If any of these or similar questions have crossed your mind or you want to work in the entertainment industry, then Entertainment Law is the course for you. During the course of the semester, we will explore the legal relationships governing these major components of the entertainment industry: (1) film and television; (2) music; (3) theater and dance; and (4) publishing.

We discuss the legal and business relationships between entertainers and the commercial industry. The case book includes both cases and news articles from the national and trade presses.

The course will include guest speakers from the industry. Clips will be shown from Professor Burr's television show "ARTS TALK!" and she will talk about how the show was created, from initial treatment to the shows that aired in Honolulu and Albuquerque.

The text for this course is Burr & Henslee's "Entertainment Law: Cases and Materials in Film, Television, and Music (Thomson West 2004). Also recommended is Burr's "Entertainment Law in a Nutshell" (Thomson West 2004).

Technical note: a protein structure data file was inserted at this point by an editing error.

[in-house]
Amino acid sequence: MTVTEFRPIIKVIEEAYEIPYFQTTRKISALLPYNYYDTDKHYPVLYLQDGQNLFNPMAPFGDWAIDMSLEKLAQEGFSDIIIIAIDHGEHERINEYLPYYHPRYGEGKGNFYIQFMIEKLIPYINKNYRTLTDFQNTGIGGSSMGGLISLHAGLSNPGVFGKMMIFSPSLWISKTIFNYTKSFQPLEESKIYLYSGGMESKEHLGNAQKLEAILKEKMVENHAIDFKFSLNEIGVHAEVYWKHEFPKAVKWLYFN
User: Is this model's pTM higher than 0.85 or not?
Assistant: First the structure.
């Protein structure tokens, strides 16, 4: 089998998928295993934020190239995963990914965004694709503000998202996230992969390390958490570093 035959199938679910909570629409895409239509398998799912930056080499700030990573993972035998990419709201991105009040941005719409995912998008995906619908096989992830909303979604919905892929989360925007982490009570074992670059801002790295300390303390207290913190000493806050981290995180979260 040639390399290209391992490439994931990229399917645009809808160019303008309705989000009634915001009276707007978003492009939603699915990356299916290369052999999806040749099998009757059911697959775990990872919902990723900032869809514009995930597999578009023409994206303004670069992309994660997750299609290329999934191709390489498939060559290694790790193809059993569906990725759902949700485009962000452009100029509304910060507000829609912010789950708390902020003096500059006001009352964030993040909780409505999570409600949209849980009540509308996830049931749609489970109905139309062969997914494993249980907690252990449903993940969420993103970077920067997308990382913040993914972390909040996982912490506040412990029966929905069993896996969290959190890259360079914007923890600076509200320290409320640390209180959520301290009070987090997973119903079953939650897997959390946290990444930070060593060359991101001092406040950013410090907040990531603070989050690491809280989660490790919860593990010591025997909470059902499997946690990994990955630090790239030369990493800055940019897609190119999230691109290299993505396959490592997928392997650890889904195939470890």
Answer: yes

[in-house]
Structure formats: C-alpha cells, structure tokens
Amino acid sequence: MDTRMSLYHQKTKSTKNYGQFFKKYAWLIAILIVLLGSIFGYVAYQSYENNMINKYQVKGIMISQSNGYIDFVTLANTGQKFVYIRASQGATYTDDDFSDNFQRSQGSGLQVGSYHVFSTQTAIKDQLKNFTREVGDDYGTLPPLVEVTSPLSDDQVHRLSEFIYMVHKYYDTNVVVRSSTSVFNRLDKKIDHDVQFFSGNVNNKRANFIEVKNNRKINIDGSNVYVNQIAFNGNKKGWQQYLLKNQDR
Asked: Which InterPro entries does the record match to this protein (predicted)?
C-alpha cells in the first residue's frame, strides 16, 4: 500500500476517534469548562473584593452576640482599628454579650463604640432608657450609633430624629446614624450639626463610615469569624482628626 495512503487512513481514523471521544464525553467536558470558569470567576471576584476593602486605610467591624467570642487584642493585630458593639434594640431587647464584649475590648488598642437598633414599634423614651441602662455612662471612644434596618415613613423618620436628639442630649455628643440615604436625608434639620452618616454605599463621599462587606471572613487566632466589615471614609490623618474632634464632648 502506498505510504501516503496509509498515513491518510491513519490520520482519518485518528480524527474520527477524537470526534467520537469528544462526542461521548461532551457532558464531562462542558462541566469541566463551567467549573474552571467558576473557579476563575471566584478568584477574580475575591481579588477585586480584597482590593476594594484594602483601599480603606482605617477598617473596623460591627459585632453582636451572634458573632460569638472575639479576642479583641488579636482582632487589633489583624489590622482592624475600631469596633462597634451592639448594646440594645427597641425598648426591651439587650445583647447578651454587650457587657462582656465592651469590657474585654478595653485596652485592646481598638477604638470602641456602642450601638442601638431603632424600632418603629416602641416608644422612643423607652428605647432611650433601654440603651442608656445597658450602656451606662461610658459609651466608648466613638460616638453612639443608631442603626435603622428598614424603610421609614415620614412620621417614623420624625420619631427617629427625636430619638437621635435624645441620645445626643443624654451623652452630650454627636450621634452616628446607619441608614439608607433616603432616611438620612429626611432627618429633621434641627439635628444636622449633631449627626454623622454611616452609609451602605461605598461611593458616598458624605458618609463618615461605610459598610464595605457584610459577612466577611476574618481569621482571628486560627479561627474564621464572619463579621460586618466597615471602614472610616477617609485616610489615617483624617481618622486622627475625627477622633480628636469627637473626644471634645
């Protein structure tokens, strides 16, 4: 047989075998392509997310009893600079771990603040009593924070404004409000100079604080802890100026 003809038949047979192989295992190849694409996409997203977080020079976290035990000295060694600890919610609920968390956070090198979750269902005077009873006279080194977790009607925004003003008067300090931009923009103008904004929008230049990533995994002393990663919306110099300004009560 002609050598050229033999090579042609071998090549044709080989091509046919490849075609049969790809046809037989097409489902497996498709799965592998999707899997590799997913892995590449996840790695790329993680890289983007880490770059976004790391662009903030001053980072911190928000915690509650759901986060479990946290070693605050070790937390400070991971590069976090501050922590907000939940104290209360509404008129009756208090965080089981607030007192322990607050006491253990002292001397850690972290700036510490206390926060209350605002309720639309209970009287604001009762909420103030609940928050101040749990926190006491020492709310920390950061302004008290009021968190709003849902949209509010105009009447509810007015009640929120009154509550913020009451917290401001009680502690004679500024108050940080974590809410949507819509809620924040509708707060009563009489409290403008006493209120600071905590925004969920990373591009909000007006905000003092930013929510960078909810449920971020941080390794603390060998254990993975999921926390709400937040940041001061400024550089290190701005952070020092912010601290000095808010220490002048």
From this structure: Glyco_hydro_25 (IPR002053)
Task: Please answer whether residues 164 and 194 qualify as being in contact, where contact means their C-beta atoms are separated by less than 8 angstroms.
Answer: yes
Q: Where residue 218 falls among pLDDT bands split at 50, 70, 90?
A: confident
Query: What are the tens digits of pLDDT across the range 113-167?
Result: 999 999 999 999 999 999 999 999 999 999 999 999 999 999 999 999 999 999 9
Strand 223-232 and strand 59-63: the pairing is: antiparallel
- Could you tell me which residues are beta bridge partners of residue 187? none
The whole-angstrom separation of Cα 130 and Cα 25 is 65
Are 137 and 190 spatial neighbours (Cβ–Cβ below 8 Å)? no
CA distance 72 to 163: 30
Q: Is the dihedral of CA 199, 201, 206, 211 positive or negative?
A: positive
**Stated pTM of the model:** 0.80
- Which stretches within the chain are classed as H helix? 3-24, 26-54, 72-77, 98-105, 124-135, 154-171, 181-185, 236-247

Intellectual Property Law

Intellectual Property Law

This course surveys the components of Intellectual Property Law, including the Law of Ideas, Copyrights, the Right of Publicity, Trademark Law, Unfair Competition Law, Trade Secrets, Patent Law. The marketing of Intellectual Property related goods represents one of the most dynamic sectors of the U.S. and world economy. U.S. exports of all intellectual property products are second only to those of aircraft.

International Law

International Law

International Law surveys the laws governing the relationships between nation states, between states and international organizations and between states and their citizens who must be assured basic human rights. We begin by discussing the historical underpinnings of international law that grew out of wars among European states and those that arose during the conquest of the new world. The course discusses how states are formed, law is made, remedies for breach, international dispute settlement, and war. Additionally, we will play war games in a special three-hour class to teach and augment treaty-making skills in an intense setting. Students will learn to negotiate treaties and resolve disputes in a public international context. Course materials will include a casebook, Sun Tzu's "The Art of War," and handouts.